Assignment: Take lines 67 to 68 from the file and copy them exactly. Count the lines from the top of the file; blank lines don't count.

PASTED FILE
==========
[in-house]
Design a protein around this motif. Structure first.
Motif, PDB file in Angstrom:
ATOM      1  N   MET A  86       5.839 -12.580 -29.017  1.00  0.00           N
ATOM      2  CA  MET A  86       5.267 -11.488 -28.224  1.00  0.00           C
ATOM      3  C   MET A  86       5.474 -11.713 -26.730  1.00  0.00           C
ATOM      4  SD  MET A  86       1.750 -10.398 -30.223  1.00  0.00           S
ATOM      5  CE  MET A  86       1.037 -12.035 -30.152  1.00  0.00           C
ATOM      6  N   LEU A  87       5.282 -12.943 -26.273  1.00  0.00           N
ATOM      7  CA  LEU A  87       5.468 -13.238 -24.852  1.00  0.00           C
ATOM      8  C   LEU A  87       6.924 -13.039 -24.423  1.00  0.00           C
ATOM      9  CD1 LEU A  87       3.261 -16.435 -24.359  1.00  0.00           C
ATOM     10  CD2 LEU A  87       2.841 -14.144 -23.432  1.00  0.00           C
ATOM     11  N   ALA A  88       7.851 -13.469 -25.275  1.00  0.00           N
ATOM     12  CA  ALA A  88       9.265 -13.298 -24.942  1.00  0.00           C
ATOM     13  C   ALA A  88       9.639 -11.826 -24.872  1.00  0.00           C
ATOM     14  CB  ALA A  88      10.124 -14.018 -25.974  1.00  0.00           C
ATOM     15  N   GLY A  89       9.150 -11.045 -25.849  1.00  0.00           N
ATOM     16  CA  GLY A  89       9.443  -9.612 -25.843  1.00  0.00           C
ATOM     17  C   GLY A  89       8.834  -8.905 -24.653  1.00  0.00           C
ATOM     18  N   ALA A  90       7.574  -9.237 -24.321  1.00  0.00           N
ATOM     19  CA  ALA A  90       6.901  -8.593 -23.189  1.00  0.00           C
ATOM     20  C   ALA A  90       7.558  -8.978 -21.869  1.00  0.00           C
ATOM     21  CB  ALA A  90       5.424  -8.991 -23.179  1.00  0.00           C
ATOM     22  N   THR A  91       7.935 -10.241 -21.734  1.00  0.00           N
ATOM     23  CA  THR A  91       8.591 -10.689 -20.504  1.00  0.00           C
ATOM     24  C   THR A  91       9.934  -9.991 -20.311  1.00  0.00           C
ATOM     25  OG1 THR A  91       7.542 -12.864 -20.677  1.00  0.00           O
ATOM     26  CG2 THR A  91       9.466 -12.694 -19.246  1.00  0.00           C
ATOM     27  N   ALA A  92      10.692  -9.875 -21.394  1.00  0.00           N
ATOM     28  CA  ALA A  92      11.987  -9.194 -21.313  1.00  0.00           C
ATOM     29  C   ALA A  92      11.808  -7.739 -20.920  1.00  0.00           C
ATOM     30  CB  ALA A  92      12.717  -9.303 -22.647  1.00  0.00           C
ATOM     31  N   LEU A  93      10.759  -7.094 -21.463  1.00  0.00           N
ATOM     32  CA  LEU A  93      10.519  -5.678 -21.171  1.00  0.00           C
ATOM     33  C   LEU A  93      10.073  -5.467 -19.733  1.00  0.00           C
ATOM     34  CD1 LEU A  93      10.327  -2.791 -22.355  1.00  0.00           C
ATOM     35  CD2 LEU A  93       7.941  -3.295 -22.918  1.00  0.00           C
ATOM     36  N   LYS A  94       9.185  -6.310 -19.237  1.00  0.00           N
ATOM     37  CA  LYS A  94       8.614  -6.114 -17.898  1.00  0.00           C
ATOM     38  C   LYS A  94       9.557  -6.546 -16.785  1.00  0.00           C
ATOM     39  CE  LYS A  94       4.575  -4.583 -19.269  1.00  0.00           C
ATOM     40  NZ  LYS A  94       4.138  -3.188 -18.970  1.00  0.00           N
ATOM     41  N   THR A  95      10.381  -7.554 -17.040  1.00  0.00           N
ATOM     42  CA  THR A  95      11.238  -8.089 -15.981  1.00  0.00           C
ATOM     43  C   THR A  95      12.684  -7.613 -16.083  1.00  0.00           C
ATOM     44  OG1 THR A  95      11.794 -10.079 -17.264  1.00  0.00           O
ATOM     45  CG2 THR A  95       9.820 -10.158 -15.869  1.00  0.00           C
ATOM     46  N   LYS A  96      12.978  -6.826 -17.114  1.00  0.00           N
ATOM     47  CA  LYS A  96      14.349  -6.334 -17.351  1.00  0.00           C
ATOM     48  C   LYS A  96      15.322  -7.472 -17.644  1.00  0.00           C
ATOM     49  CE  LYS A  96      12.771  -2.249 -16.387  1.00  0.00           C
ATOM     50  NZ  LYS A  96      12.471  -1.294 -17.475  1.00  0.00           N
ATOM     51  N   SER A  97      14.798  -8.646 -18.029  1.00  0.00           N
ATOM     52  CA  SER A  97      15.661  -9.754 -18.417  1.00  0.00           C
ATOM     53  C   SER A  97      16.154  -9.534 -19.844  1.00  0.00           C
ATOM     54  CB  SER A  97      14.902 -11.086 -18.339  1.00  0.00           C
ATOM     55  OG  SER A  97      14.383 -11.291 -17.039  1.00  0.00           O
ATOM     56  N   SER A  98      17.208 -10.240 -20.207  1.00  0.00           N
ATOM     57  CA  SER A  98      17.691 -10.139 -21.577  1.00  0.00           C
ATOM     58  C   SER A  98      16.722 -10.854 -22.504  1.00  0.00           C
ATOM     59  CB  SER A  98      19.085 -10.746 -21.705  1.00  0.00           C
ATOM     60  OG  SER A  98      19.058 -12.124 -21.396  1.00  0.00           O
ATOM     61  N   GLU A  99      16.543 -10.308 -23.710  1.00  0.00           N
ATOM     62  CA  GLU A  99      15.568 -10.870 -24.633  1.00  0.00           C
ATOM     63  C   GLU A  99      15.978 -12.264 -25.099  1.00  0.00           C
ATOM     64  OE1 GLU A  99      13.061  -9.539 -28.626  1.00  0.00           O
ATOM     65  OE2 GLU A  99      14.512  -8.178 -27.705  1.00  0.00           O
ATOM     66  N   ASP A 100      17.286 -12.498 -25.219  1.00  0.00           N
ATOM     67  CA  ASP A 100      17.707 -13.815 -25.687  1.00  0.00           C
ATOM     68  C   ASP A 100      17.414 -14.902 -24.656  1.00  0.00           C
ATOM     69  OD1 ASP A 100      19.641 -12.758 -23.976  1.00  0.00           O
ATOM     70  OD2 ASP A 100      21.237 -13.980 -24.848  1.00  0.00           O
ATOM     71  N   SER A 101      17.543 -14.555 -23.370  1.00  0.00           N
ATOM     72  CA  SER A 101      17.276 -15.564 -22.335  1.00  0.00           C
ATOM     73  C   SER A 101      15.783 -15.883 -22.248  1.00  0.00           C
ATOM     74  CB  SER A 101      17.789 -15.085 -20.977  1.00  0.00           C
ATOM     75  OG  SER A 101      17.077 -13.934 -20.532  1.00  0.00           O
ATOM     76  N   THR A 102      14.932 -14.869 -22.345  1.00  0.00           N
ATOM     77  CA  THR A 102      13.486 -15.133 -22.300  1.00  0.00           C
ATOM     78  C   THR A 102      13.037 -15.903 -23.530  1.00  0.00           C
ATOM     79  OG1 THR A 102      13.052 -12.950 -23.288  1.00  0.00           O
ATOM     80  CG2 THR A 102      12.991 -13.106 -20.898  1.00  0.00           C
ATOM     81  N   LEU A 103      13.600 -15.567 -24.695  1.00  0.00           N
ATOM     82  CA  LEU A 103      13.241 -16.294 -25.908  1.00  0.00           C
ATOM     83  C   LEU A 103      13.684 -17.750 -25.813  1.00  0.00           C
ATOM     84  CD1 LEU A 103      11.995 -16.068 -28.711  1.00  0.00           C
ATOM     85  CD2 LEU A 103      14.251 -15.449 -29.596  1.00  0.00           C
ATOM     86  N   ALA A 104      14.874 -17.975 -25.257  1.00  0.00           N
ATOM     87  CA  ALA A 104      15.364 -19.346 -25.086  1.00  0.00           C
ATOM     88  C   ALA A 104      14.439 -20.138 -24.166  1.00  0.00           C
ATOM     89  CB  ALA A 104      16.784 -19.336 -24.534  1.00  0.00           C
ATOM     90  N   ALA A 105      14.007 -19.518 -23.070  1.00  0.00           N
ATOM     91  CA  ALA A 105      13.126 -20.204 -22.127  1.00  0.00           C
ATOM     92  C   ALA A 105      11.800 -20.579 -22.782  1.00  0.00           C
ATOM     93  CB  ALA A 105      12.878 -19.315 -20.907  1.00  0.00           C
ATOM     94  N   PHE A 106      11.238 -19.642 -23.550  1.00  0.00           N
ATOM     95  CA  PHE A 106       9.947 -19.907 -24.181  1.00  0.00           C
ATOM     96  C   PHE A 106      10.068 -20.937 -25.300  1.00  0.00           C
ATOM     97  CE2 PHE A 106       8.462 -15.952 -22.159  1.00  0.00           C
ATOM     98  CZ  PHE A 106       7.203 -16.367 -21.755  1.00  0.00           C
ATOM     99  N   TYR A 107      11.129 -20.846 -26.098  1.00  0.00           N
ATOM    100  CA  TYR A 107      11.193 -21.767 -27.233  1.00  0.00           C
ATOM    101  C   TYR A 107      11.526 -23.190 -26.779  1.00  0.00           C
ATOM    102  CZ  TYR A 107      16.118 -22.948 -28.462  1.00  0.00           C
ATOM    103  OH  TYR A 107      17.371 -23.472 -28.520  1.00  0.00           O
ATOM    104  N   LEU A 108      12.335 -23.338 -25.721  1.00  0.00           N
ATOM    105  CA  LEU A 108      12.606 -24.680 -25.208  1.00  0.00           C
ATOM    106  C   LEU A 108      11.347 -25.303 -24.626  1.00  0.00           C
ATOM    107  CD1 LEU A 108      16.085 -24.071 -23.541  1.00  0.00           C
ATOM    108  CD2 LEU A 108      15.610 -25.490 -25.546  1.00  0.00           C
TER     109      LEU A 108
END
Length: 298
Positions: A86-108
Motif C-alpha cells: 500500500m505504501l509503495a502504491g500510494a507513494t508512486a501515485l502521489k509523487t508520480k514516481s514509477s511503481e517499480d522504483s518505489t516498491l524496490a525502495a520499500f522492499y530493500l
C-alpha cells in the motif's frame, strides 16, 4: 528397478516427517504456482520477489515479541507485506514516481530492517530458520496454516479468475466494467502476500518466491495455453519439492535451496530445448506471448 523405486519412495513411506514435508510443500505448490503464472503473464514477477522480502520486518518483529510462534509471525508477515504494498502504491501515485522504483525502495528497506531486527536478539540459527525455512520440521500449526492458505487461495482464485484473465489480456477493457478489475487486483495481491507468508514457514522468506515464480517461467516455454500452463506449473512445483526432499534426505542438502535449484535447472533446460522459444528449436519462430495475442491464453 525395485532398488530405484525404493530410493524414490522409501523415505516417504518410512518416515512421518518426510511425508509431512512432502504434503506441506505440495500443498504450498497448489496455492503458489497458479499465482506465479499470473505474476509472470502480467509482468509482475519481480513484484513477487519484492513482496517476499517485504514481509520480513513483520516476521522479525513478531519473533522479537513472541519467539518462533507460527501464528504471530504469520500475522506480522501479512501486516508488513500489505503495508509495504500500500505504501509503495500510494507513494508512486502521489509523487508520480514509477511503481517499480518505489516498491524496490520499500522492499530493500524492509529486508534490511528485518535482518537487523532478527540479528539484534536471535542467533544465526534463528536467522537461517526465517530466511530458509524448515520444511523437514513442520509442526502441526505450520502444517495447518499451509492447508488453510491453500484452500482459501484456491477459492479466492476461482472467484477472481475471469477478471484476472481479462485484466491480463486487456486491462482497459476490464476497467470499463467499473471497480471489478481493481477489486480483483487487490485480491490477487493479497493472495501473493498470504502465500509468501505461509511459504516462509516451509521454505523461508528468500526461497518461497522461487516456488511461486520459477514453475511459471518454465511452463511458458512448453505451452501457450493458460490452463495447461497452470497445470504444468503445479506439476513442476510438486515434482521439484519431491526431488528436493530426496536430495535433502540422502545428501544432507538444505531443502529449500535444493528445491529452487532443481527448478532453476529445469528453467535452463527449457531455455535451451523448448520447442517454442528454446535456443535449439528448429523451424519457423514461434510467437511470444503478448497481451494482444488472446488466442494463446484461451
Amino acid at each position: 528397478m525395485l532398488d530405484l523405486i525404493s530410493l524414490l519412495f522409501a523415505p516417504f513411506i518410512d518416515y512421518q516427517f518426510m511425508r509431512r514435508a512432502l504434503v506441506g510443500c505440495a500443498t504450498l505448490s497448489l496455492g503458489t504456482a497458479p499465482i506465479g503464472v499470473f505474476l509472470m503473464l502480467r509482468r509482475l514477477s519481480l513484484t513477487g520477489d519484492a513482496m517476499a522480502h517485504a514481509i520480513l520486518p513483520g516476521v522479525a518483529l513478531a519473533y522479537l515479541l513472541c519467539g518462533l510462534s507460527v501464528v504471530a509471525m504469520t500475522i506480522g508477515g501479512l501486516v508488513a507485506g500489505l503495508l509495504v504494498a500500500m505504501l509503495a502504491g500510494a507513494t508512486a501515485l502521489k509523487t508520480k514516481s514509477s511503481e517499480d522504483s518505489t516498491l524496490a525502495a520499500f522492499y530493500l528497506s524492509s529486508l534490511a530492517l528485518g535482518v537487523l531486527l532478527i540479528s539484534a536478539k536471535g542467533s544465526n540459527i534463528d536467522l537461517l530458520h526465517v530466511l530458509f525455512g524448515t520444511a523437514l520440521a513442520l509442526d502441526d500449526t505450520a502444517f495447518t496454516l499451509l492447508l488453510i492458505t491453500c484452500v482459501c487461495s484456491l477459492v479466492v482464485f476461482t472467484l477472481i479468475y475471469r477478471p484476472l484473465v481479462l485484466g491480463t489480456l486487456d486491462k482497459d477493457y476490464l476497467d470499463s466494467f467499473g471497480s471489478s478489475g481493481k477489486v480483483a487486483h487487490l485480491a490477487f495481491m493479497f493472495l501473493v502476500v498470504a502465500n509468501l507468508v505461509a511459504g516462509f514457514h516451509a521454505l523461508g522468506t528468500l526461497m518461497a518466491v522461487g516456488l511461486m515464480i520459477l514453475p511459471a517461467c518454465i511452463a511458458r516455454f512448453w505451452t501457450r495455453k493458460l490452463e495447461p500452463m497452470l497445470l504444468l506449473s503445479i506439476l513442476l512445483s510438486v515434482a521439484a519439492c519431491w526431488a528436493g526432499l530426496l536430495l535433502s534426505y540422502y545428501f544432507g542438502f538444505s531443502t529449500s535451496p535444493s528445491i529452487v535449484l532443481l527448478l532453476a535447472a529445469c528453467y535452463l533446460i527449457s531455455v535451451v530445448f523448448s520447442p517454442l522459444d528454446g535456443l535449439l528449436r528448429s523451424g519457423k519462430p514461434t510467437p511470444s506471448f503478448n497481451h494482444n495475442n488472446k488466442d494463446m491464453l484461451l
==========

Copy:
ATOM     64  OE1 GLU A  99      13.061  -9.539 -28.626  1.00  0.00           O
ATOM     65  OE2 GLU A  99      14.512  -8.178 -27.705  1.00  0.00           O